With EPS Files in QuarkXPress and Photoshop®
- Part Two
7. Next, open QuarkXPress and create a new document.
Make a new picture box with the Rectangle Picture Box
here on how to do this). Load the "CD.eps"
image into the picture box by clicking File >
Get Picture. You should see a low resolution preview
of the EPS file in the document. Save this document
Note: When you load
an image into a picture box in a QuarkXPress document,
Quark will create its own low resolution
preview image from the preview image saved in
the EPS file. It creates all it's image previews
using the CMYK color model even though the original
images use the RGB or Grayscale color models.
on color models.
If the image files are
missing at output time, Quark will print using
these internal preview images. You will get one
plate each for Cyan, Magenta, Yellow and Black
by default when printing out a color separated
job even though you may be doing a one color or
two color spot job. More
here on process color vs. spot color.
8. Create another new QuarkXPress document and make
a rectangular picture box as before only this time load
the "CD no preview.eps" image into the picture
box. Save this document as "cd no preview.qxd".
Your screen should look something like the one below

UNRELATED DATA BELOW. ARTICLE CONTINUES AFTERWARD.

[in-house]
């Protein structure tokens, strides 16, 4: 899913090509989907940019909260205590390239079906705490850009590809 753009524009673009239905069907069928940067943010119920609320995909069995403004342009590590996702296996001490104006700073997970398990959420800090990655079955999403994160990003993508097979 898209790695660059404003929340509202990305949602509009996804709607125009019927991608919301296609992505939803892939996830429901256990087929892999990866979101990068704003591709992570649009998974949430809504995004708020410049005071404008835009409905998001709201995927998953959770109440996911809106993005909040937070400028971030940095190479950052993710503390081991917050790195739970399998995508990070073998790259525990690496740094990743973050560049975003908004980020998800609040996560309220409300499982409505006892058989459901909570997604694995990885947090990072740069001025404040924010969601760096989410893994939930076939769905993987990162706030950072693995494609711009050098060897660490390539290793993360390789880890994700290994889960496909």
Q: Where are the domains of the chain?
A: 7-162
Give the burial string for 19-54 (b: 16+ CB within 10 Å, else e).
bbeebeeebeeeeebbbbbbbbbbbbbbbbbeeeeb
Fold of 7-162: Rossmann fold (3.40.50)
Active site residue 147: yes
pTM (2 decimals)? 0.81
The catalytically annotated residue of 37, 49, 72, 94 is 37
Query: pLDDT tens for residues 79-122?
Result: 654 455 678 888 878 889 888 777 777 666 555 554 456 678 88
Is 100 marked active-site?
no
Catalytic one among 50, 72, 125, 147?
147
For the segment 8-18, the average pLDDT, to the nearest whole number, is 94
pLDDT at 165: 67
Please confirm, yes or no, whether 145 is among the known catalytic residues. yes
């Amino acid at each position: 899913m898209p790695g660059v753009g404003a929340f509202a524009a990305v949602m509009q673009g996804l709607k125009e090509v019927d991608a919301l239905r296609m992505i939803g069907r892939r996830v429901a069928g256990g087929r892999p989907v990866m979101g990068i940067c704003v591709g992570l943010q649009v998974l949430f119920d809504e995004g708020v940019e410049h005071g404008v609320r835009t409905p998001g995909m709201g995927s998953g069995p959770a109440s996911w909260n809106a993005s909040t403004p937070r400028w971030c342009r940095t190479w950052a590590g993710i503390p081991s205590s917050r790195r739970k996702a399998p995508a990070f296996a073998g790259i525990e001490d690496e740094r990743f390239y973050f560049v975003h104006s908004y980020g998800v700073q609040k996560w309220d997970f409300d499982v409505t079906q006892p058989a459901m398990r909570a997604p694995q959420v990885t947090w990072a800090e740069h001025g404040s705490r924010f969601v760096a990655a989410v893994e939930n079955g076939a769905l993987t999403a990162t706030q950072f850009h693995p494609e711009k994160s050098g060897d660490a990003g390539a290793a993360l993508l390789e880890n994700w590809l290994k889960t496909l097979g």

left. Notice that without the screen preview, Quark
merely reports that this is a PostScript® picture.
But also note the shape of the gray area. This indicates
that Quark recognizes the clipping path. The reason
you do not see the image is because QuarkXPress does
not use PostScript to render images onscreen. Now if
you were to load this same EPS file into an Adobe®
product like Illustrator®, you can see the image
(below right). This is because Adobe uses PostScript
to render images onscreen and does not need a preview
image for you to see it.
9. Now let's do something different. Open the CD.eps
file into a text editor to view the PostScript
code. This is why we saved the EPS file using ASCII
encoding. You couldn't do this if it was saved as a
binary file. The image below shows a close up of the
10. EPS files are PostScript. They can be encoded as
straight ASCII as in this example or they can be encoded
in a more compact form such as binary or JPEG. The important
point to remember here is that where you save the EPS
with a preview there are two separate images in the
PostScript code. When you look at a jagged image onscreen
or in print, you are most likely looking at the low
resolution preview, not the actual high resolution image.
Here To Continue...